Django Django – Glowing in the Dark – Album Review

Synth-lovers of the world unite and takeover. Art rock four-piece Django Django are back with their new album ‘Glowing in the Dark’.

Django Django are back, hold on to your space helmets

Django Django Return

Since releasing their self-titled debut album to industry acclaim way back in 2012, Django Django have been positively allergic to pigeon-holing. Switching up their sound at the drop of a hat.

But, when you posses the ability to tackle multiple genres like these guys, you’d probably take your sound for a wander too now & again, right?

Now, ‘Glowing in the Dark’ is here as the fourth instalment on the band’s celestial discography. Those who were put off by the cosmic trajectory of previous albums ‘Born Under Saturn’ & ‘Marble Skies’ might welcome this apparent return to the launchpad of synthy-goodness.  

The new album is here!

‘Glowing in the Dark’

Early releases from the record included the title track and the ethereal ‘Spirals’. It now seems these two tunes whetted the appetite for what was to come. Full to bursting with synthy hedonism, ‘Spirals’ is first on the album track list and it whisks you up from second one.

The elongated intro sets you up, before Vincent Neff’s vocal gives the whole thing direction. Which is pretty much a metaphor for the whole album. The sounds are wide and far-ranging, but without the intelligent, soothing tones of Neff there would be nothing to talk about.

When you’re just about to wonder what’s happening on certain tracks, he comes through again, like when you remove the lid from the saucepan to stop your potatoes from boiling over – admittedly, there’s probably more romantic iconography available to sum up Neff’s importance, but we like potatoes.

Journey of celestial discovery

‘Waking Up’ features the lilting vocal skills of Charlotte Gainsbourg and it’s a track full beauty and talent. A wonderful change of pace that you just don’t expect.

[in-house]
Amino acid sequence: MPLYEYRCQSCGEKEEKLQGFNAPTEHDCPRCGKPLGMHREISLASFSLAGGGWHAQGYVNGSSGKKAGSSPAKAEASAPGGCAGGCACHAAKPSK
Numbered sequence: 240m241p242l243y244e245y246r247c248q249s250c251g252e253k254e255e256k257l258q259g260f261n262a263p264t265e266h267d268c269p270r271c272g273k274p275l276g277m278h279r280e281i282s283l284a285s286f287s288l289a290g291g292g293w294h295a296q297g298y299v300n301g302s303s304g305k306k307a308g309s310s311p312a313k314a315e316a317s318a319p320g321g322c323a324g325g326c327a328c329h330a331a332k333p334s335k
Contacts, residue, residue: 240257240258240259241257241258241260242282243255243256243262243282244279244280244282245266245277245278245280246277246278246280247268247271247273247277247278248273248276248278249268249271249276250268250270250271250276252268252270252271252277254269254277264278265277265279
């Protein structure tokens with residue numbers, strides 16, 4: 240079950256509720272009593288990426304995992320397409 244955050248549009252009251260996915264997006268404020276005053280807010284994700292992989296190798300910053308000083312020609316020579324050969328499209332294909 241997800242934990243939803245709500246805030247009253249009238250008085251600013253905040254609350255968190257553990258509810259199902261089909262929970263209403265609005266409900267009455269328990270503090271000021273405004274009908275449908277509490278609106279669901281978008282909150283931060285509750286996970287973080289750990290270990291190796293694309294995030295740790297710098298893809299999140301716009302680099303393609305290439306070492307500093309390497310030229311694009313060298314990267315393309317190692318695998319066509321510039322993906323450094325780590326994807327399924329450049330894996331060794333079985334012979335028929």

The album’s not without its question marks though, that seems to be par for the course for a Django Django record. Tracks like ‘Got Me Worried’ and, later on ‘The World Will Turn’ certainly raise the eyebrows, if not the heartbeat. One deviates into psycho-billy, post-punk type sounds, while the other investigates folksy tones. Strange arrangements to come to terms with.

But then ‘The Ark’ and ‘Night of the Buffalo’ come in, like a balm. Offering musical respite and the chance to gather your thoughts before restarting the journey to the heavens again, settled on foundations of driving drum beats and growing synths.

‘Hold Fast’ is a pleasure to behold, the intoxicating infusion of heavy snyths and those feathery vocals remind you just why this band are so revered. Let it envelop your senses and carry you away on some shimmering celestial cloud.

Then ‘Asking For More’ asks nothing. A wonderful resurgence of winding and rising snyths, perfect Neff vocals, and driving drums. Almost Tame Impala-like in its approach.

What do we think?

That final track works its magic like a Men In Black Neuroliser. You forget all about those flight of fancy tunes and just focus on the story this track is giving you, one of happiness and joy.

On the whole it definitely feels like the good-ship Django Django is certainly starting to find the right gear with ‘Glowing in the Dark’. Those with a passion for synths and a similar contempt for pigeon-holing will love it.

‘Glowing in the Dark’ is available now. 

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